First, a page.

bag

 

 

she shakes
like men used to
do, like my grandfather
or even my father,
before,
she went to the
bathroom and I got
up came back
and there's she as if
shuckling with tears
like older men.
I never saw the
women, the older ones-
they might have done
the same - she had
my pen - clearly black
and white papers
she shuffles precariously
unfolded matching grains
of wood
benches like this
where I used to sit
and watch hungry for
lunch to come after
musaf after they added
a word or two
though
repeating a silent prayer
has its necessity - I would
wait - amazed by the
occasional tear and shake
that Nat told me were
unintentional, repentant
done shamelessly without
control with
backs arched over to
return forward in prayers
for rain and sustenance
so
I
think
when she shuffles that
it might be a thought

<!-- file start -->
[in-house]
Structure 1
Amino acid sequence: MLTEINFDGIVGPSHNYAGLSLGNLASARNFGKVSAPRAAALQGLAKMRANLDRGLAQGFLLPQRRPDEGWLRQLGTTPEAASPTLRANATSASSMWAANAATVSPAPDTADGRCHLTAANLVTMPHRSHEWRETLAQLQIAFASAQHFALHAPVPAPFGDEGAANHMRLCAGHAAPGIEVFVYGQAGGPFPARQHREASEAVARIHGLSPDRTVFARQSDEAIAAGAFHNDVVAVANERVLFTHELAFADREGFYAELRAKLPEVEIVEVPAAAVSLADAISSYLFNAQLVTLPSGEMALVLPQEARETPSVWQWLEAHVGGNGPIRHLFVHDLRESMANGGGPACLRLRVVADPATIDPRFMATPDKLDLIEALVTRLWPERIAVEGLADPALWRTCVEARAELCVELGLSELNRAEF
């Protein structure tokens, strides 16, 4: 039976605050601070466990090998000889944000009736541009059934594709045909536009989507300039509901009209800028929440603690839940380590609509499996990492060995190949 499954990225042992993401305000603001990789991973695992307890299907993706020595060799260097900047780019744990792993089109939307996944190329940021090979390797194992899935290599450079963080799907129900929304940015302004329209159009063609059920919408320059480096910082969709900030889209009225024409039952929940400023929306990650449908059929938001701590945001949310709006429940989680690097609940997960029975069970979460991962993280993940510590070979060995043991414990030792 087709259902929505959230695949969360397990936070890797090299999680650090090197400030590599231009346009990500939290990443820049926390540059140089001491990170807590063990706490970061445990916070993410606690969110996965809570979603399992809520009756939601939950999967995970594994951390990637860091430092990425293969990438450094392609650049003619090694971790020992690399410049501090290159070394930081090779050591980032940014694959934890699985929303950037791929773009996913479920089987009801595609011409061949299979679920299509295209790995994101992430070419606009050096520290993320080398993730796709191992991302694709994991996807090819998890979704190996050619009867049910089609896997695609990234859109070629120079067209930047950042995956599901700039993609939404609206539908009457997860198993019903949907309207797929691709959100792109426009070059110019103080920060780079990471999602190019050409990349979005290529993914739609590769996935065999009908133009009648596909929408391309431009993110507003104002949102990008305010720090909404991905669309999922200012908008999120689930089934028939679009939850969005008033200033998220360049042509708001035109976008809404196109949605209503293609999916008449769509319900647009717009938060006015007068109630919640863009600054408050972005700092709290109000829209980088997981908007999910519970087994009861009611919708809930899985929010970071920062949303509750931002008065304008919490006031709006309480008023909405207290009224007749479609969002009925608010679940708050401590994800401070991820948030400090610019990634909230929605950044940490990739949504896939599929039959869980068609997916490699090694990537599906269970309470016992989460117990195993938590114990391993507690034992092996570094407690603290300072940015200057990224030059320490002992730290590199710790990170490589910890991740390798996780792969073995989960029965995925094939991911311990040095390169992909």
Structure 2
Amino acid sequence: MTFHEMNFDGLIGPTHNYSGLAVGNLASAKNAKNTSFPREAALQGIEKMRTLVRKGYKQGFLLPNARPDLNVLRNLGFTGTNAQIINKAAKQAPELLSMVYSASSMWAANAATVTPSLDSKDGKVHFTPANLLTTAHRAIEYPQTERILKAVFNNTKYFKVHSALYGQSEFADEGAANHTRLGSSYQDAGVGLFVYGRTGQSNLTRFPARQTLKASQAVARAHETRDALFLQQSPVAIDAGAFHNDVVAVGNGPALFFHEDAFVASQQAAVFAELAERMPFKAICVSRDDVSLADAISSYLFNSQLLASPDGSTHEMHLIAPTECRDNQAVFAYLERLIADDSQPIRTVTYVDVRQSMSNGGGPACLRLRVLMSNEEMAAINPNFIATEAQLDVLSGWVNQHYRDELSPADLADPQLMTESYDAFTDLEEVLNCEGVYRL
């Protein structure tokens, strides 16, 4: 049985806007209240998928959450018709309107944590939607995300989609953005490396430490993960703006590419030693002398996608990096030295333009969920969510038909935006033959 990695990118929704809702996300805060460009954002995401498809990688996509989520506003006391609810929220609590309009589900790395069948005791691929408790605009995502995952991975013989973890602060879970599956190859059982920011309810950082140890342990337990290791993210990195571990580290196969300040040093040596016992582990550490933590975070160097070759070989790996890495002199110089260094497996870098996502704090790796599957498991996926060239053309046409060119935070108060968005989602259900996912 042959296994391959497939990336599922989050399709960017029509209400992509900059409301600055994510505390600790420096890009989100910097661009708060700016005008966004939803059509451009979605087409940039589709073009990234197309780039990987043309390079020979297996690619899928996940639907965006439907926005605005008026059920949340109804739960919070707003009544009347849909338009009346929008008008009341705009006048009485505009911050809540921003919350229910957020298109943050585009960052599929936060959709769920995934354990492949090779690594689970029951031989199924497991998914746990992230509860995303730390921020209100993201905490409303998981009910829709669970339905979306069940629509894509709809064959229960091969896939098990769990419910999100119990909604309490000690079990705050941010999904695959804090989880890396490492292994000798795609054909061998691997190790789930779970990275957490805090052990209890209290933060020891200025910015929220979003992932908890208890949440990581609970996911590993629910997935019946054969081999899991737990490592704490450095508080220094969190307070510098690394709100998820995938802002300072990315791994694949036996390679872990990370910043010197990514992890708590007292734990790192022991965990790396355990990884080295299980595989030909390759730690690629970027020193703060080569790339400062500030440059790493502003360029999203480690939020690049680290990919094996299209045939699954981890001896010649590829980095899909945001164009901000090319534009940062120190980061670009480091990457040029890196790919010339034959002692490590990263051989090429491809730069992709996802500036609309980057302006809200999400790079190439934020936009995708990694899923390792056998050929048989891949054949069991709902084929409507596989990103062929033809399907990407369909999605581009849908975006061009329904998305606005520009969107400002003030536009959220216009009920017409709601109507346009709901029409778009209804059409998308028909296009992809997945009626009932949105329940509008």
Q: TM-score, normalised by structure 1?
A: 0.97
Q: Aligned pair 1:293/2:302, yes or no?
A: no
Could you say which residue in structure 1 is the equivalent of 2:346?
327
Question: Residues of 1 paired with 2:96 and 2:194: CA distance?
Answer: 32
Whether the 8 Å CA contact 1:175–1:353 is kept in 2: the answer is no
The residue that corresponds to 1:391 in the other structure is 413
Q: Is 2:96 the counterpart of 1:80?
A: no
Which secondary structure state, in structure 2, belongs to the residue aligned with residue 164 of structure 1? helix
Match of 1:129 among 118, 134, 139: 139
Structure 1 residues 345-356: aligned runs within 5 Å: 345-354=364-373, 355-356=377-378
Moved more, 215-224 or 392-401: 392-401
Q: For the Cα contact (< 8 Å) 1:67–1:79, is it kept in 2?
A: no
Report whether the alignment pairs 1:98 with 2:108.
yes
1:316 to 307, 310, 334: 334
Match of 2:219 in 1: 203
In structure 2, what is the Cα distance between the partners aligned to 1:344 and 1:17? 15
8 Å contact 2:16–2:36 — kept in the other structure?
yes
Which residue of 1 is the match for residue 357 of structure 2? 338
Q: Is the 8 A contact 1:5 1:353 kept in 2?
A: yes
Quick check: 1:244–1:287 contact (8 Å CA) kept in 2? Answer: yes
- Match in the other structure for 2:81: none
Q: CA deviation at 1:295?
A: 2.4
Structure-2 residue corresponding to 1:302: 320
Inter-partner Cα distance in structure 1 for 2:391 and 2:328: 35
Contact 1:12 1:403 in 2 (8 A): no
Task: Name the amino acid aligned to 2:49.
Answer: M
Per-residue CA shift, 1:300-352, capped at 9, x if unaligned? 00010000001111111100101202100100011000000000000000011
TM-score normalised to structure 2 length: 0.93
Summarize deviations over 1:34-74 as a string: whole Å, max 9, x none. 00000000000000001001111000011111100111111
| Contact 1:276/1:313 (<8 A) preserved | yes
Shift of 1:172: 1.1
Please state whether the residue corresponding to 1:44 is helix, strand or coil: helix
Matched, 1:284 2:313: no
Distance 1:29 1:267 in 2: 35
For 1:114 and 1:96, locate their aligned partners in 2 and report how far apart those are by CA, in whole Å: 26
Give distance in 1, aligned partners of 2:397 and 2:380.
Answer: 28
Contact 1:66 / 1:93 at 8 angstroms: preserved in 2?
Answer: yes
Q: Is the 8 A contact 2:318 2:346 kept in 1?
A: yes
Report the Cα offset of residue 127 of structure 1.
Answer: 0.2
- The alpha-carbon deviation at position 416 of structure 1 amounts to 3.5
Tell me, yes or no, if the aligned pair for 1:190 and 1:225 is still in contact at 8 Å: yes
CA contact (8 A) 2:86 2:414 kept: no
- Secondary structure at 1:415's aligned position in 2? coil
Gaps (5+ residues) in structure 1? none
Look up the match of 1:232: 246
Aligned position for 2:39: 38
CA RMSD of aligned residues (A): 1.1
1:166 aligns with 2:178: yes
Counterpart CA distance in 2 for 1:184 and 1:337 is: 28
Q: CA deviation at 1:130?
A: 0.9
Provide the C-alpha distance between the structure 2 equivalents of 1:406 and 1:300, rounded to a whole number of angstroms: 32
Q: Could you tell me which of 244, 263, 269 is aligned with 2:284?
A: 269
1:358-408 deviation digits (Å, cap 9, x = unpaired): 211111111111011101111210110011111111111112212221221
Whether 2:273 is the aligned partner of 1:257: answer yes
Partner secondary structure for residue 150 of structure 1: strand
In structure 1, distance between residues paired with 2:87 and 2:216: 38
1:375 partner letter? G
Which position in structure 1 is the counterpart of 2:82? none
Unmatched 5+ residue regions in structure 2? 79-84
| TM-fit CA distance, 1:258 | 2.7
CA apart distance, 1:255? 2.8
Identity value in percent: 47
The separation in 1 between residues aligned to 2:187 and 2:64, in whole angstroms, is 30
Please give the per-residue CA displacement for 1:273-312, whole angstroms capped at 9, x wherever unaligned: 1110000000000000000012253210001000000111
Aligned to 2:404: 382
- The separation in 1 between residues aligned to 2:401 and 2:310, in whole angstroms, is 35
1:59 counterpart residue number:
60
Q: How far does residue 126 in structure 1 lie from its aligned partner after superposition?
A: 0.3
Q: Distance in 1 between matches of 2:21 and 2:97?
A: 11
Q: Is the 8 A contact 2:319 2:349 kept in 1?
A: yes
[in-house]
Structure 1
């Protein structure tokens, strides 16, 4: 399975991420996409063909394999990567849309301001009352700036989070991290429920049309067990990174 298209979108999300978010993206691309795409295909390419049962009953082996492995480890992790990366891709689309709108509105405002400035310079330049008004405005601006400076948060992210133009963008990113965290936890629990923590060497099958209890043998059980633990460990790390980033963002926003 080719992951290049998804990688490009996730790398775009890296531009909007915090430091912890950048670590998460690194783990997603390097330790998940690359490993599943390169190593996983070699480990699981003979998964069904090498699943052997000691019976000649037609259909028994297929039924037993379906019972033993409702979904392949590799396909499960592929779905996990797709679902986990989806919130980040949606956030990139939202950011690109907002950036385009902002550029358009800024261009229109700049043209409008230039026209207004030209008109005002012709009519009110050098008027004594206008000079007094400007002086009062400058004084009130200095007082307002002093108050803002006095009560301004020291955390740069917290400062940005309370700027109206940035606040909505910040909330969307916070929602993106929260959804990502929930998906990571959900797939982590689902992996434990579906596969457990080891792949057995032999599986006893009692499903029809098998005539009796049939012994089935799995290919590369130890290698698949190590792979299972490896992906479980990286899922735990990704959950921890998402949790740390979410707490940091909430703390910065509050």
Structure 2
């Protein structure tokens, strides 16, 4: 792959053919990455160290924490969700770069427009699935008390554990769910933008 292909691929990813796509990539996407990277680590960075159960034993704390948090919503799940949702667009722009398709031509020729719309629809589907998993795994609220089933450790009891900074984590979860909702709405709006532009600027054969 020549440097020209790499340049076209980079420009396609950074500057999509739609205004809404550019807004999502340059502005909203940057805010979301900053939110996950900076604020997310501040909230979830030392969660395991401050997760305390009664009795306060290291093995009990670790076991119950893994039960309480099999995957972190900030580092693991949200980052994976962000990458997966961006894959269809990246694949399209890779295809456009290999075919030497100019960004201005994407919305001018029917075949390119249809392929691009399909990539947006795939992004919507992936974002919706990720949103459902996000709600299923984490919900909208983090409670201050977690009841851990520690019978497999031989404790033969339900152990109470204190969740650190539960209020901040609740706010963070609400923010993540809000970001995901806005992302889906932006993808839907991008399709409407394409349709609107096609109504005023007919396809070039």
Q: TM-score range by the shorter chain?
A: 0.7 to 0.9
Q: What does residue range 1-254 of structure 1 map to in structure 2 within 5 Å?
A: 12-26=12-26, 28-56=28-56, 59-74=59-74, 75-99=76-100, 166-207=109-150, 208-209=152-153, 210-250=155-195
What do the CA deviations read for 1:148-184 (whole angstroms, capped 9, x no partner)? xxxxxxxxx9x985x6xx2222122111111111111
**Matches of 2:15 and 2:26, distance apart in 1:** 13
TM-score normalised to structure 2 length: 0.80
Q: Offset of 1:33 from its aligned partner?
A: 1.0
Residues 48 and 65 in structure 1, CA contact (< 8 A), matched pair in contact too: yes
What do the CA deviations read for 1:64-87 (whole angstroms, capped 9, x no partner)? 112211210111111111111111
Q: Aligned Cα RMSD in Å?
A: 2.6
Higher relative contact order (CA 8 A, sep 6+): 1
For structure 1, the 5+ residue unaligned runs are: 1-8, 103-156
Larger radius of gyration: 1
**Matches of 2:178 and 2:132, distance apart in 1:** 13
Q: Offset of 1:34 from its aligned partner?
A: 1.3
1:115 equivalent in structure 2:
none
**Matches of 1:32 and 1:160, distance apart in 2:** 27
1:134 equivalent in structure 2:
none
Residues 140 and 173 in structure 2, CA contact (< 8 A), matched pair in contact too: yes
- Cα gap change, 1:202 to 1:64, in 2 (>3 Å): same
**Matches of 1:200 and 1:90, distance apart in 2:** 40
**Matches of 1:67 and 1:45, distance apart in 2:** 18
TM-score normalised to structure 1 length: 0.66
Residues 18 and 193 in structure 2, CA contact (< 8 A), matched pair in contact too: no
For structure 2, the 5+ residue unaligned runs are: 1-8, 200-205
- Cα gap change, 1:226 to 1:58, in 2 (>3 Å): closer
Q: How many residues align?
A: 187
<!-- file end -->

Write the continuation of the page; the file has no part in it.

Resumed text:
a bathroom realization spouting
the cries of old men
my dad told me to
ignore
as he does,
though, we don't
see them anymore.
His father could have had
those tears, he was lucky
and out
of a job.
It could be those
lines in front where
she leans - they cried
over words when I was
younger there, though it
was the WORD or
its reflection
which you could wrap
yourself into with stripes
white under blue or black
a moment and phrase in
age old rhapsody in
Europe's
Asian songs always a little
too much for my attention,
not soon enough for
her to lovingly fold
and place in her
lovely blue plastic
bag
those pages
she's leaving

 

my pen